4 thoughts on “When Pastors Talk Politics: A Political Scientist’s Perspective

  1. Zach

    Professor Vinson, how does someone, under your advice, maintain membership of both communities? If a pastor teaches on the moral gravity of a political ideology, I don’t think giving up the position of expertise is necessary to maintain epistemic humility. Properly labeling guesswork gives people license to talk about both political and moral ideologies with conviction. To say I can’t talk about political problems because I am a technologist betrays my philosophical mind. Or did I completely misinterpret your argument?


  2. Robert

    I think the key question this article posed for me, as a parishioner, is “Do I want my pastor to be just another pundit?” For some, I’m sure the answer is yes. For me, it’s a strong no, so I appreciate the advice you offer on “how not to be a pundit from the pulpit”. I’ll add one more.

    Don’t make political jokes. A pastor conveys more in a joke than in a five point sermon. What typically gets conveyed is unspoken prejudices and judgmental social expectations. A joke that is funny to you can be hurtful to someone listening. If you make a joke that you know might hurt the feelings of a few people but will get everyone else to laugh, aren’t you being the definition of a bully?

    PS: Regarding jokes that may have hurt someone’s feelings, I laughed out loud at the “CNN viewers” line. I imagine you’re safe as long as Wolf Blitzer doesn’t read this.


  3. Brandon

    Danielle, love this and I agree, but would go even further: that in well-developed democracies, there just is no talk of institutional politics. It seems the two areas for me that pastors have cause to “bring in politics” are ongoing social needs (raised through advocacy) and event trauma. I wonder then if rather than a “God of the gaps” we could have a “Church of the gaps.” Rather than trying to critique government with policies, elections, and court decisions, a church is rhetorically adept at handling those issues for which the government isn’t adequately responding, and thus leaves beside the issue of whether the government should or shouldn’t. We ought to be hearing every Sunday about the scars and trauma on the streets, the floods, the violence, etc., and organized every Monday-Saturday for addressing those issues in all the ways the government currently does not or cannot.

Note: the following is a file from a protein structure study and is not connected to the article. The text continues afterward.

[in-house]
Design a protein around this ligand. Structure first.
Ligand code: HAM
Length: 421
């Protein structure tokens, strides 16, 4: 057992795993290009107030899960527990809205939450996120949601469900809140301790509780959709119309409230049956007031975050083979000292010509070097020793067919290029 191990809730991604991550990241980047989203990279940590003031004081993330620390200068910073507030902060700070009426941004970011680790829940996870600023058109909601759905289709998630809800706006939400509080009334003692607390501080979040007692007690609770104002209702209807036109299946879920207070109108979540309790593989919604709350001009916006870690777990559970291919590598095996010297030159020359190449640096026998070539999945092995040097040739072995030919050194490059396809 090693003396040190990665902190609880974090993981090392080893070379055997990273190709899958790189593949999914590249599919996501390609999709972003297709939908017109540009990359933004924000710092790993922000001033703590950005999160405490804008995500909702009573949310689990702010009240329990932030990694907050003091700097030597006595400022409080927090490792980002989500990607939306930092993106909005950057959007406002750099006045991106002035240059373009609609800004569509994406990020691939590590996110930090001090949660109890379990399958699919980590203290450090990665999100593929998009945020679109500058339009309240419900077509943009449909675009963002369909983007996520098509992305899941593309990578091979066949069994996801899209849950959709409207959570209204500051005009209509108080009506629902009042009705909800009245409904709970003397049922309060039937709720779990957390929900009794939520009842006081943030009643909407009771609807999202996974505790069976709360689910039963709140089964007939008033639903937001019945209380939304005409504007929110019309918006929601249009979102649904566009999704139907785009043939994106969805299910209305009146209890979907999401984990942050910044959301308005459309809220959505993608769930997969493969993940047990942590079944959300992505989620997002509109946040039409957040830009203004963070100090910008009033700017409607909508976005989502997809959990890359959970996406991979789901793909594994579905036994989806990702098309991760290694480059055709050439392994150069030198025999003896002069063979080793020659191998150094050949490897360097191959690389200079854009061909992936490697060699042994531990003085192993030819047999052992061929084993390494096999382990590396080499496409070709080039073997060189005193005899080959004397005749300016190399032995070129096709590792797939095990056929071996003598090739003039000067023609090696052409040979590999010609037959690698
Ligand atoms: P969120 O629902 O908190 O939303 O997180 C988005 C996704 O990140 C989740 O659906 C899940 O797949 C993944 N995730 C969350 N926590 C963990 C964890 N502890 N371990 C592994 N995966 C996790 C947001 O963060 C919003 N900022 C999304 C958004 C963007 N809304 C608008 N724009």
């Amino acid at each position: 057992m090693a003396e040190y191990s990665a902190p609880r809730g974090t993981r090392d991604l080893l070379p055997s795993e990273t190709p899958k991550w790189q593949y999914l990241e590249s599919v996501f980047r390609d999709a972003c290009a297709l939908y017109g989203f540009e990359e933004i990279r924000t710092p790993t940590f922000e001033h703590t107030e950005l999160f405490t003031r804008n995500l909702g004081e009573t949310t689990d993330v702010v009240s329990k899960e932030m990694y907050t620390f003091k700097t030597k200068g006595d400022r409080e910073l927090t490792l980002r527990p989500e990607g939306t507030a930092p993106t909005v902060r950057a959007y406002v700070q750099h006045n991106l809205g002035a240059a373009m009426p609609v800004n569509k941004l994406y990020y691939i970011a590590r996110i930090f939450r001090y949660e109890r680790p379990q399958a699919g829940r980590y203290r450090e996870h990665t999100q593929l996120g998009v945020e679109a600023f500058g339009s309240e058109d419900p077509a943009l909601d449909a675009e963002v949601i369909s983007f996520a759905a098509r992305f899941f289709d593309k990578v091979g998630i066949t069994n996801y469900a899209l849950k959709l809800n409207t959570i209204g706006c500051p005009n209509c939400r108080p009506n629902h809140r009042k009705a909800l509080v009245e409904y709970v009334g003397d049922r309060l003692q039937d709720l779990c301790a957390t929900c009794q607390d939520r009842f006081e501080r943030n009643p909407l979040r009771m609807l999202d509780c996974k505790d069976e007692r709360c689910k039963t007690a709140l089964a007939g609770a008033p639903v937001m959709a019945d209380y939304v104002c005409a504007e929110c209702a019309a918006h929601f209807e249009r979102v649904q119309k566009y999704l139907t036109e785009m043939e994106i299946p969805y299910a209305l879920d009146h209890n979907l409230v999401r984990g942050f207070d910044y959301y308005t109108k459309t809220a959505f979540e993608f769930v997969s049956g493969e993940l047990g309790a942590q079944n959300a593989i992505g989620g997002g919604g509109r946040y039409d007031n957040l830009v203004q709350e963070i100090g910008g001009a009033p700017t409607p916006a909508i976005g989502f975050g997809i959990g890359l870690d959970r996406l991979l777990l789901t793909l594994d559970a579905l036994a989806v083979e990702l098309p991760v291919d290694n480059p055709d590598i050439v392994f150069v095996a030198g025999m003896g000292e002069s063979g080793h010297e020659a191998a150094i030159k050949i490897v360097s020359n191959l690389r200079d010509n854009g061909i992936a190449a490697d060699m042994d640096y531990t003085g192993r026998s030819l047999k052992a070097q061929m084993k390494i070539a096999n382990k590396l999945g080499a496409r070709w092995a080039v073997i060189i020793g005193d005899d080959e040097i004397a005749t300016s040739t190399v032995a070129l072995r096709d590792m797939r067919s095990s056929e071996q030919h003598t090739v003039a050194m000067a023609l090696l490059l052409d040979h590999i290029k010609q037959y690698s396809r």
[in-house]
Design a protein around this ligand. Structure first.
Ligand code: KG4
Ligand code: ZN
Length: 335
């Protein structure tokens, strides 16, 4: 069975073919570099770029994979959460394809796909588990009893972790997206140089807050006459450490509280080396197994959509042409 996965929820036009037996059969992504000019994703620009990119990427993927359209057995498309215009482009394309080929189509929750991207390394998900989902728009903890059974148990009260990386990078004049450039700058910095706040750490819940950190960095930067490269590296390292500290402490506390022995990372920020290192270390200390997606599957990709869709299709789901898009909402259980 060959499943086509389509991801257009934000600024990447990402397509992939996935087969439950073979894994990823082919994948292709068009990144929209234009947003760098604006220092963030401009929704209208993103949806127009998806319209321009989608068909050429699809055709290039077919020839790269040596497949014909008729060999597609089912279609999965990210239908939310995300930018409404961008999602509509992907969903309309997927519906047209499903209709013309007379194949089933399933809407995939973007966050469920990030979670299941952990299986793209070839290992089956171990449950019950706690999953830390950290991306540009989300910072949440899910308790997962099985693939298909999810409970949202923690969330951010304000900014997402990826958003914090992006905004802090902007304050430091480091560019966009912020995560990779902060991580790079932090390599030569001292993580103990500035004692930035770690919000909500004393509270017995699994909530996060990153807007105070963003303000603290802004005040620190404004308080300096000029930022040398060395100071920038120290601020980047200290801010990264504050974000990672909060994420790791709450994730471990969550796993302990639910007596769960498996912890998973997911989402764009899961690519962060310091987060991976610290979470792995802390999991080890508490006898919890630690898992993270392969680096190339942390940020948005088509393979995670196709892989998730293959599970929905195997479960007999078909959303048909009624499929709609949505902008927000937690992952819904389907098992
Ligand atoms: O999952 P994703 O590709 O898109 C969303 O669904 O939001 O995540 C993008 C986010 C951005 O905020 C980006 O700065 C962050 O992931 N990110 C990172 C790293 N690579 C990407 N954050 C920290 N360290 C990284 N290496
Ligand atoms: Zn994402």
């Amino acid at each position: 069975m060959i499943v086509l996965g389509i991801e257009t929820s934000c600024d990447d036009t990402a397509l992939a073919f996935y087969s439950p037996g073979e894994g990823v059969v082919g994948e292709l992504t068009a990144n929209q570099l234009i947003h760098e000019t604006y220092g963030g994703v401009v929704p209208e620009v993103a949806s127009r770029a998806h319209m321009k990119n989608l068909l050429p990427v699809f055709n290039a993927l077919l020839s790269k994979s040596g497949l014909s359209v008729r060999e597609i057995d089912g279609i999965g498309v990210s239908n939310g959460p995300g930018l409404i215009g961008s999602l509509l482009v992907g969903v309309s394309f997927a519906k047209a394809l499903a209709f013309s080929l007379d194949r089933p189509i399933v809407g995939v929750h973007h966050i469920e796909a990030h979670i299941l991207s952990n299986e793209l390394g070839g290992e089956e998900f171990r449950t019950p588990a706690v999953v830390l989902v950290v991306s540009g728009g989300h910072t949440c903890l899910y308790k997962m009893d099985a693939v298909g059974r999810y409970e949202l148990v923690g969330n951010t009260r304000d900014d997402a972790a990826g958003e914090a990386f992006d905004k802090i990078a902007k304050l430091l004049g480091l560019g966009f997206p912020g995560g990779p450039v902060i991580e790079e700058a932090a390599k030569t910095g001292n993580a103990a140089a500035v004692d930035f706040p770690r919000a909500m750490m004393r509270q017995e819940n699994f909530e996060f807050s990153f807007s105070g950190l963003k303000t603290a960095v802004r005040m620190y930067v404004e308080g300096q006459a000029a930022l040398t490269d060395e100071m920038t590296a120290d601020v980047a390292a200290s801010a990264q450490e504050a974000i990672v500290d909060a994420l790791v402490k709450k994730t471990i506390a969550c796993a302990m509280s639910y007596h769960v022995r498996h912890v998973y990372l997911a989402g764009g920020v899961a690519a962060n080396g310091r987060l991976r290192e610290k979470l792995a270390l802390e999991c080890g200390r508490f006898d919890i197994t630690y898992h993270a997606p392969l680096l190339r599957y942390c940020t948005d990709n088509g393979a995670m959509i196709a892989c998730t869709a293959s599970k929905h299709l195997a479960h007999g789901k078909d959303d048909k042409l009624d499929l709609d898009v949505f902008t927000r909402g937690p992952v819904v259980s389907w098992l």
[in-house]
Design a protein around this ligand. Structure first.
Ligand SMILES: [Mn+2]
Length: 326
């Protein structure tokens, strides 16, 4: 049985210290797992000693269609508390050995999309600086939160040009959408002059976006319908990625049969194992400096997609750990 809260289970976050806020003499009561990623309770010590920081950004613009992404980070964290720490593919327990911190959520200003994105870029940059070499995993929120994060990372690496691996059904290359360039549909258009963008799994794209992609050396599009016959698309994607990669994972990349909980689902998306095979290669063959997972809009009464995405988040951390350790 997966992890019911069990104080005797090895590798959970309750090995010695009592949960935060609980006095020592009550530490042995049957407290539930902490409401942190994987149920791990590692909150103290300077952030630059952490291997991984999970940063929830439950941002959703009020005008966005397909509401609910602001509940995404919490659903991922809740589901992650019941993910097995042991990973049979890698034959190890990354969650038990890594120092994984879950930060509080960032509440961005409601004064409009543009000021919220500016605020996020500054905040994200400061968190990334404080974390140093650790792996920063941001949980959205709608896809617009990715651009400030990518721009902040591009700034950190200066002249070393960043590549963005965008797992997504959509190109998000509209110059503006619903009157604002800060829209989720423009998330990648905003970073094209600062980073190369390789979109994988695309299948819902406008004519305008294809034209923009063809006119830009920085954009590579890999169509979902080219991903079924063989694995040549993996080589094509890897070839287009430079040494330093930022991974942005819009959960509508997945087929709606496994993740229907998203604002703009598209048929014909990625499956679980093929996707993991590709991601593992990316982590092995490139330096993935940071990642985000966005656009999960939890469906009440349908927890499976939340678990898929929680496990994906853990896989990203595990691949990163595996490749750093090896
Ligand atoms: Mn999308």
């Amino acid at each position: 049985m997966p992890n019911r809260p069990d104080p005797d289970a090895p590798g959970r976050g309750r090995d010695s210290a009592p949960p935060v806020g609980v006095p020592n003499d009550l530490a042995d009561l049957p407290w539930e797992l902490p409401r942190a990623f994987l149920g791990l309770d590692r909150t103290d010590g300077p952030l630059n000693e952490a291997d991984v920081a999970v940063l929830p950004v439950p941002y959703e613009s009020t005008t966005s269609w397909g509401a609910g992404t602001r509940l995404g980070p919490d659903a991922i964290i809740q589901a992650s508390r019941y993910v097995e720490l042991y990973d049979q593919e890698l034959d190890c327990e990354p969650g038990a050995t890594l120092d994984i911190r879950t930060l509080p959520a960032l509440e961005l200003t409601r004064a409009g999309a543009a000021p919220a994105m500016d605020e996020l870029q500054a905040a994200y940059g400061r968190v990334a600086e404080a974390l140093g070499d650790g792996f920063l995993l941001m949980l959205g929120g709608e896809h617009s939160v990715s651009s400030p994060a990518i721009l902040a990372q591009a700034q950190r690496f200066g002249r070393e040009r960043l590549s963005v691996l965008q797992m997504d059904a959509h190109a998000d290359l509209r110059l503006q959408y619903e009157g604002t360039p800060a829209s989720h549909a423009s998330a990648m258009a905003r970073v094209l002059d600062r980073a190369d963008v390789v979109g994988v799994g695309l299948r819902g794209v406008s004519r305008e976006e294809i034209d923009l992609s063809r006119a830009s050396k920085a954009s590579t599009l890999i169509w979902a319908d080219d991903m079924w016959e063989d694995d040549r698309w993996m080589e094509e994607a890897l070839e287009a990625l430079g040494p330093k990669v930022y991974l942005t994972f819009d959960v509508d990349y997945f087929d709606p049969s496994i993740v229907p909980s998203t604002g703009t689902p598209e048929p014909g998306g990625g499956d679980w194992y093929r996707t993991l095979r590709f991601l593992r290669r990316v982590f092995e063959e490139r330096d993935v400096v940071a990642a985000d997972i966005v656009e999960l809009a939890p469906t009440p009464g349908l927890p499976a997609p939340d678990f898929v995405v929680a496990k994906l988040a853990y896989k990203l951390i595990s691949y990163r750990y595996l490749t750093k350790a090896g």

4. Russell Board

    There is a lot of wisdom here. However, I take issue with the claim that Constitutional interpretation should be left to political scientists. As American citizens, we all have an interest in understanding and preserving the Constitution. The document belongs to us, as does the Bible. There may be issues of interpretation on which political scientists should yield to experts in the original Biblical languages, but for the most part, political scientists can read and understand the Bible, and know when it is being disobeyed or misapplied. The same is true for informed citizens (including pastors) and the Constitution. We can read and understand the document, and know when it is being disobeyed or misapplied. That’s the way it was intended.